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June 2010


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FEATURES

BARGING IN
By Sarah Firshein
Photographs Keith Scott Morton

WHEN TWO ROW HOUSES WERE MOVED TO DARIEN BY BOAT, THEY CREATED A HISTORIC SHELL THAT DESIGNER MELINDA TWEEDDALE NOW EMBRACES WITH CONTRASTING TEXTURES AND RICH DETAILING

Click on any photo for a larger gallery view.

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STEEPED IN HISTORY
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SEVENTY YEARS AGO, LURELLE GUILD, a set designer with a particular fondness for crafts and antiques, decided that early American architecture would make the town of Darien really shine. So he did what any dilettante design hound would do—he plucked a number of 18th- and 19th-century row houses out of their native Greenwich and sent them adrift by barge. "He obviously had great vision," says designer Melinda Tweeddale, who's on the board of the Darien Historical Society and who just so happens to live in two of Guild's displaced houses—a 1780 row house and a 1810 row house positioned side by side. "My home has character and a wacky history."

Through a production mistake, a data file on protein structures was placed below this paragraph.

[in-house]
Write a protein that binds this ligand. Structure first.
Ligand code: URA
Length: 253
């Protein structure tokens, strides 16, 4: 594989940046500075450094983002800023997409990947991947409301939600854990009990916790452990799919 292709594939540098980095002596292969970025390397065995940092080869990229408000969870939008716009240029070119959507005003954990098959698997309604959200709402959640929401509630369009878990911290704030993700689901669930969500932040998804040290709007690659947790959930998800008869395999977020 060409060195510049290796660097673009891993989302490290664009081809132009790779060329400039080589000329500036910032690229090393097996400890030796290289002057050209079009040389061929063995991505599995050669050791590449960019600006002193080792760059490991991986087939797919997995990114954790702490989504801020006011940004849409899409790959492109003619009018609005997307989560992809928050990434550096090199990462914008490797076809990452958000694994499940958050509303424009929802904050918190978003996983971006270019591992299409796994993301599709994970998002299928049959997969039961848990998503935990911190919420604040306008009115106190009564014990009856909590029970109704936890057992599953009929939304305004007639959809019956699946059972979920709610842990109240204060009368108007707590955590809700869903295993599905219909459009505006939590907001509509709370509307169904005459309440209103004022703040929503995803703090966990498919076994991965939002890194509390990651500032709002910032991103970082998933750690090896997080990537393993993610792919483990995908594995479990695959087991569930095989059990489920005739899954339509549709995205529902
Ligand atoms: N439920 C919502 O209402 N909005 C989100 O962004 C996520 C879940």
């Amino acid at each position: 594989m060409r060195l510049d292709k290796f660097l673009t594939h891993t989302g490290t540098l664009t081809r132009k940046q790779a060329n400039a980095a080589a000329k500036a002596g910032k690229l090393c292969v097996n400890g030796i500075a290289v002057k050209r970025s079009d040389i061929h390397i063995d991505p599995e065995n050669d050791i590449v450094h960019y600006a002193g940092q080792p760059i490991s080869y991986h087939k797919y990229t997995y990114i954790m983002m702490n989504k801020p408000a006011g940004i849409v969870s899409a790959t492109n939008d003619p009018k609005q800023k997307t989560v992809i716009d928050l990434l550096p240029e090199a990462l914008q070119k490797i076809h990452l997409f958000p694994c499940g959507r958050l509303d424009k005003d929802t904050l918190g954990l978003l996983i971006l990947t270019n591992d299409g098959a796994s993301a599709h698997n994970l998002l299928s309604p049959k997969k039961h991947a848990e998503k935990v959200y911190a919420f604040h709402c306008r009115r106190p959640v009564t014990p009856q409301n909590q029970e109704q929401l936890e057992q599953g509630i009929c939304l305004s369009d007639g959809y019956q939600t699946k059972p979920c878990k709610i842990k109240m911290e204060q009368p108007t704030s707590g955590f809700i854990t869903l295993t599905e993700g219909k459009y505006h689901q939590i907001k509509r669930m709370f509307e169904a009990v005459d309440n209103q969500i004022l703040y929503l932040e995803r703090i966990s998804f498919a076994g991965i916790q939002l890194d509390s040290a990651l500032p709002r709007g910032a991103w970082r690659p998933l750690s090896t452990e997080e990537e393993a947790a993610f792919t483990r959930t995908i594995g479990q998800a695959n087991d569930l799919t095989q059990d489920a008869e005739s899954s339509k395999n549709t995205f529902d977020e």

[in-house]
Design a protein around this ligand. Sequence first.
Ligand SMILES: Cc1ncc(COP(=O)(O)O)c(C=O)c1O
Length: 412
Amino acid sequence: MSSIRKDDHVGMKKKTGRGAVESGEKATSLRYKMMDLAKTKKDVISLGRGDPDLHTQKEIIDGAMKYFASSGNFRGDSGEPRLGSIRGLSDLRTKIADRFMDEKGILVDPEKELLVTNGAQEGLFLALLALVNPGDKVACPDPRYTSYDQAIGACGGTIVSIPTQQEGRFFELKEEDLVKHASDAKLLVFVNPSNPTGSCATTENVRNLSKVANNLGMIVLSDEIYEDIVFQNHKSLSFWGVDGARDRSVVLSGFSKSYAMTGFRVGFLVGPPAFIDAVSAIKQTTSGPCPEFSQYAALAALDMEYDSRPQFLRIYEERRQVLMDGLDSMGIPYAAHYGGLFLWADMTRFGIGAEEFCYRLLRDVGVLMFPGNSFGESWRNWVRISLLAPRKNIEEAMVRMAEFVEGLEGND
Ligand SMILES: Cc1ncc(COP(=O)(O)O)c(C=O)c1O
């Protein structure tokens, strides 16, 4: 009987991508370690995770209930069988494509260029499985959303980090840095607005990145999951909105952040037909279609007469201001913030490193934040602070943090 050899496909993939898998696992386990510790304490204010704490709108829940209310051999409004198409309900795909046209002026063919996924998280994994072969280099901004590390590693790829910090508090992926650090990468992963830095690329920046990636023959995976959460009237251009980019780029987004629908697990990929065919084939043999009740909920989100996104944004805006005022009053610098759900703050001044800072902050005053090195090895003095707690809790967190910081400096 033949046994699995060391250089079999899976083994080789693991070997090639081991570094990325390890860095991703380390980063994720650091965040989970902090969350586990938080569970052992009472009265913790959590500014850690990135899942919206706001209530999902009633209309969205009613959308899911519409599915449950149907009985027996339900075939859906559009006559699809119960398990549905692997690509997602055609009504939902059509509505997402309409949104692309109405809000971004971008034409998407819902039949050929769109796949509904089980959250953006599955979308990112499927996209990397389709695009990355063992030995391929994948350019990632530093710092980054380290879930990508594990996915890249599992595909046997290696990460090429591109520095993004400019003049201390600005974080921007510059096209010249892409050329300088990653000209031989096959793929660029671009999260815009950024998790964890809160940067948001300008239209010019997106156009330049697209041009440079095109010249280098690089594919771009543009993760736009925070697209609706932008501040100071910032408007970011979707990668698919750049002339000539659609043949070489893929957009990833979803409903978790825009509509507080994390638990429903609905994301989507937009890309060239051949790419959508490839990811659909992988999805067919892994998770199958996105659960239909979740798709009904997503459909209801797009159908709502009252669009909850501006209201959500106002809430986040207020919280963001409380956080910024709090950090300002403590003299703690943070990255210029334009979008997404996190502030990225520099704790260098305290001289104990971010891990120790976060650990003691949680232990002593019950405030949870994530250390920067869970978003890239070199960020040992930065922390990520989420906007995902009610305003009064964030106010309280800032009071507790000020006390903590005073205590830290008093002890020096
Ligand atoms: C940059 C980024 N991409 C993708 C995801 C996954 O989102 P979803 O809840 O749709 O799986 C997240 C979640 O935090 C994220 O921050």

Tweeddale and her husband were still living in the city when they started to look for homes in the suburbs. "We had a 1 year old and a 2 week old in a great apartment that was starting to feel jammed with tot bicycles," she recalls. "This house was totally neglected and in disrepair, but we love houses that have character. Besides, as a young couple looking at houses, you don't always notice all the faults. It seemed charming and quaint."

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KEEP IT NATURAL
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It was only when they were about to close on the house that the previous owner, who had purchased the property from Guild directly, told them about the fascinating backstory, shedding light on structural curiosities such as higher ceilings on the 1810 side.

As part of a massive 15-month renovation, the couple moved the structure forward on the property and onto a proper foundation—before, Tweeddale says, "it was dropped onto a concrete slab"—and replaced its onion dome with a Georgian-style cupola. The windows on the 1780 portion of the house are spaced wider than those on the 1810 side, so they moved the front entry into a peaked two-story addition to balance what looked like asymmetry. Tweeddale gutted the kitchen, turned a fourth bedroom into the master bath and repositioned a few interior doors, but she was careful to leave most of the layout intact. "You walk in and it just feels right," she says. "There are no gigantic spaces; it feels cozy and comfortable."

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